Newbie - help with seeing resclient.js change messages


I’ve taken the GitHub - resgateio/resclient: Javascript client implementing the RES-Client Protocol. ‘Example Usage’ js code and changed it to look at my locally running ‘library.books’ restgate service, below.

var ResClient = resclient.default;

    const client = new ResClient('ws://localhost:8001');

    client.get('library.books').then(books => {

        let onChange = () => {
            console.log("Books: " + books);

        // Listen to changes 'eventually' unsubscribing
        books.on('change', onChange);
        setTimeout(() => {
  'change', onChange);
        }, 500000000);

I’m able to open the Vue.js example and see changes in different browser instances running the same Vue.js code but I’m not seeing any OnChange console message to the books model in the above resclient.js code?

The above code is connecting and rendering the books model in the console within the simple HTML page I’ve created

What do I need to modify to see ‘library.books’ model changes?

Many thanks in advance.

Welcome to the forum! :partying_face:

You won’t get any change events on library.books because that resource is a collection, not a model. The defined events for collections are add and remove. Only the books that the collection contains (eg. are models.

And ResClient does not propagate events from referenced resources (meaning, listener on library.books will not trigger on events for, but you have have to listen to them separately. You often listen to the add/remove event in the component that renders the list, while you listen to change events in the component that renders the specific model.

Listening for all events would be:

const ResClient = resclient.default;

const client = new ResClient('ws://localhost:8001');

client.get('library.books').then(books => {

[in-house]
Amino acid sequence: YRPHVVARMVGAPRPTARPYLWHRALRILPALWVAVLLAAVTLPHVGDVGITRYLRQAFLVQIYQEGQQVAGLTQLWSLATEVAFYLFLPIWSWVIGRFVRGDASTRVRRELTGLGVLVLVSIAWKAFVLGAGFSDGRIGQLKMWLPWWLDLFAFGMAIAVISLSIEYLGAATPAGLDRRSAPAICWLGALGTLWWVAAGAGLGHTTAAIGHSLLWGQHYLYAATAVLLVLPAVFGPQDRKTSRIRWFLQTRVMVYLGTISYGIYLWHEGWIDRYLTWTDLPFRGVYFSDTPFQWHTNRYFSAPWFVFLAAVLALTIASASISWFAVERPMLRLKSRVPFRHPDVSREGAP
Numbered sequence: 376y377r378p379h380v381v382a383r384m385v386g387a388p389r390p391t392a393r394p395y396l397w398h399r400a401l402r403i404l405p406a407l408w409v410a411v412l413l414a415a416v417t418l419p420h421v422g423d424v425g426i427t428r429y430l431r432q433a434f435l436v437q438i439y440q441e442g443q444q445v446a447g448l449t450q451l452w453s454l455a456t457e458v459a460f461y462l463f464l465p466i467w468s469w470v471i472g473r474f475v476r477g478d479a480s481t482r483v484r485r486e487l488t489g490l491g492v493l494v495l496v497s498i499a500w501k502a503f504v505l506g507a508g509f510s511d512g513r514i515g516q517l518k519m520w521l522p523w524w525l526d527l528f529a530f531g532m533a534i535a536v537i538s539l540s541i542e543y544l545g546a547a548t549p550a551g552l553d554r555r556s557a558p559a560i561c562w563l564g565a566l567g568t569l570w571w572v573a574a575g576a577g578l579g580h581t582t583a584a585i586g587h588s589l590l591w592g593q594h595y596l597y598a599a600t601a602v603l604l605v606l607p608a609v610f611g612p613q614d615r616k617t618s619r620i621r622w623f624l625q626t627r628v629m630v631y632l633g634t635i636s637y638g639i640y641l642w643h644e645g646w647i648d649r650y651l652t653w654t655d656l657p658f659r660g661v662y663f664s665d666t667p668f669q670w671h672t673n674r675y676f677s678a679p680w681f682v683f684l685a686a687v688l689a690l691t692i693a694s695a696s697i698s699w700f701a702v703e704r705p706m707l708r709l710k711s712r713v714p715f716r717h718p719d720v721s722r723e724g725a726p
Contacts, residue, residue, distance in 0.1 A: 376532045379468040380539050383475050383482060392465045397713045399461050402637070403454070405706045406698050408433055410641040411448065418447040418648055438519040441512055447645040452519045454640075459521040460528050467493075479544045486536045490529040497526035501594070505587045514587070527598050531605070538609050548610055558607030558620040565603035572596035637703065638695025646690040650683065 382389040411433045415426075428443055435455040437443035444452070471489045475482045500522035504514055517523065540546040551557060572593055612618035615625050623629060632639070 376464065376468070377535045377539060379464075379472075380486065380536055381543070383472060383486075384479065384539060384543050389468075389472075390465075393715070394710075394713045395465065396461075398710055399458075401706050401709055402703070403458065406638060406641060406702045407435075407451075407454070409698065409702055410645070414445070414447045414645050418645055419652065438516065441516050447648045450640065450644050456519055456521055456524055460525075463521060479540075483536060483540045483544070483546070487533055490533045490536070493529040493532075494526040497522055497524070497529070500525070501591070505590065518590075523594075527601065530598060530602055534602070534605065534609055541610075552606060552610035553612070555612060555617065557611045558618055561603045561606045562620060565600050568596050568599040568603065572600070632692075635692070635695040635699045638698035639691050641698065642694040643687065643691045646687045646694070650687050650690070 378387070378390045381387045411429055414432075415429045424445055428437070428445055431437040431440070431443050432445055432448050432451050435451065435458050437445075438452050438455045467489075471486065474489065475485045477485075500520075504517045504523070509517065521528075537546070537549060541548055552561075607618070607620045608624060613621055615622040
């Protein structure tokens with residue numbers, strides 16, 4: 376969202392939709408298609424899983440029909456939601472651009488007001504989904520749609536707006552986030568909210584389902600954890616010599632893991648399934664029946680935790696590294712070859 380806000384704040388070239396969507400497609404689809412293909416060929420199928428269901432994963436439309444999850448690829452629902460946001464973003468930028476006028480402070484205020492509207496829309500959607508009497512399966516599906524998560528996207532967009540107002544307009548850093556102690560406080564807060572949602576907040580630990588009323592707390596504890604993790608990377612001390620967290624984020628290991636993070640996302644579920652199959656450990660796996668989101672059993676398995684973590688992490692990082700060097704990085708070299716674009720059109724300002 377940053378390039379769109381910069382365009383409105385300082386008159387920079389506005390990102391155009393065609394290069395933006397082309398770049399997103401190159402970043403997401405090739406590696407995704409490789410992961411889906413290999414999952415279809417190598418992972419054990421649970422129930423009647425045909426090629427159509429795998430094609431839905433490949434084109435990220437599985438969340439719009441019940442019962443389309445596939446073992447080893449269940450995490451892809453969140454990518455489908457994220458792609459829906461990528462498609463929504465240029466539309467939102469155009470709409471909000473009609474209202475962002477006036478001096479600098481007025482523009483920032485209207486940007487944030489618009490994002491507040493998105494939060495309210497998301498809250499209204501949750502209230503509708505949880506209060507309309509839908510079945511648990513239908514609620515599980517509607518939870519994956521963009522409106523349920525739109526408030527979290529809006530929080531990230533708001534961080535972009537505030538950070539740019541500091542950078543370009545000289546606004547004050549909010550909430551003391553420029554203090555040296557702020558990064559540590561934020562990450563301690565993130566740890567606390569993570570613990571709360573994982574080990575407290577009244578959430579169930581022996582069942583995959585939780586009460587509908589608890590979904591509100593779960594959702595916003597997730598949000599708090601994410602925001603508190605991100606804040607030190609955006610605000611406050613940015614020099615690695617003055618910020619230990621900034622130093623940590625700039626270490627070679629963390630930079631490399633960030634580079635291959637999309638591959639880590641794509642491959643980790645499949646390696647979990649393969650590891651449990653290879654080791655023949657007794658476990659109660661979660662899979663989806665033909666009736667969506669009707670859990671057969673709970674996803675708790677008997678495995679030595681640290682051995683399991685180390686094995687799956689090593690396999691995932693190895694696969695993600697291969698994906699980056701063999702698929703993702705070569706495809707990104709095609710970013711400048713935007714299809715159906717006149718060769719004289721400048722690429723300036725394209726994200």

let onChange = (changed, book) => {
    console.log("Book changed: " + JSON.stringify(book));
  let onAdd = ({ item, idx }) => {
    console.log("Book added at index " + idx + ": " + JSON.stringify(item));
    // Listen to change events on added book
    item.on('change', onChange);
  let onRemove = ({ item, idx }) => {
    console.log("Book removed at index " + idx + ": " + JSON.stringify(item));
    // Unlisten to change event on removed book'change', onChange);

  // Listen to add/remove/change events, 'eventually' unsubscribing
  books.on('add', onAdd);
  books.on('remove', onRemove);
  // Loop through all books and listen to them separately
  for (let book of books) {
    book.on('change', onChange);
  setTimeout(() => {'add', onAdd);'remove', onRemove);
    for (let book of books) {'change', onChange);
  }, 500000000);

Does that answer the question? Or do you need a central way of listening to all events, like for event logging?

Best regards,

Wow! What a prompt response!

Thank you Samuel for such a detailed and incitful answer.

This certainly answers my current question on understanding what could be achived by resgate and how I could use it for realtime, light weight and a scalable solution for a project we’re working on.

I’m also very interested in Modapp especially ModelTxt. Is it possible to use ModelTxt in the context of a pre-rendered HTML page or is this only available if Modapp creates the element? We’re looking a 4K rendered HTML pages that we only need to update a small number of the thousands of elements without having to refresh the page.

Again, many, many thanks for your detailed and complete explaination as I’m learning your great work.

Glad you are trying it out! :blush:

It is possible for sure. In essence, ModelTxt is just an object with a render() method like this:

render(el) {
  // Create its own span element
  this.span = document.createElement('span');
  // Get the text by calling the provided callback with the model
  let text = this.callback(this.model);
  this.span.textContent = text;
  // Append the span to the provided DOM element
  // Listen to changes on the element
  this.model.on('change', this.onChange);
  return this.span;

onChange = () => {
  // Set the text again in case it has changed.
  // In ModelTxt, this is done with a fade animation,
  // only if there was an actual change.
  let text = this.callback(this.model);
  this.span.textContent = text;

So, there isn’t much “magic” about ModelTxt. No real dependencies. The unrender method is also simple: it just removes the span from the DOM and calls
Writing your own slim component is quite easy as well, incase you don’t want the additional span that ModelTxt wraps the text in, or if you want something else than the fade transition.

About using it in pre-rendered HTML. Let’s say you receive:

    <li id="item1">Initial text</li>

Then, you can have a little javascript that “hi-jack” one of the elements:

client.get('', book => {
  // Get the element to hi-jack
  let el = document.getElementById('item1');
  // Delete all pre-rendered content, if you want to. Not needed.
  while (el.lastChild) el.removeChild(el.lastChild);
  // Create a ModelTxt and render it inside the element.
  let component = new ModelTxt(book, book => book.title);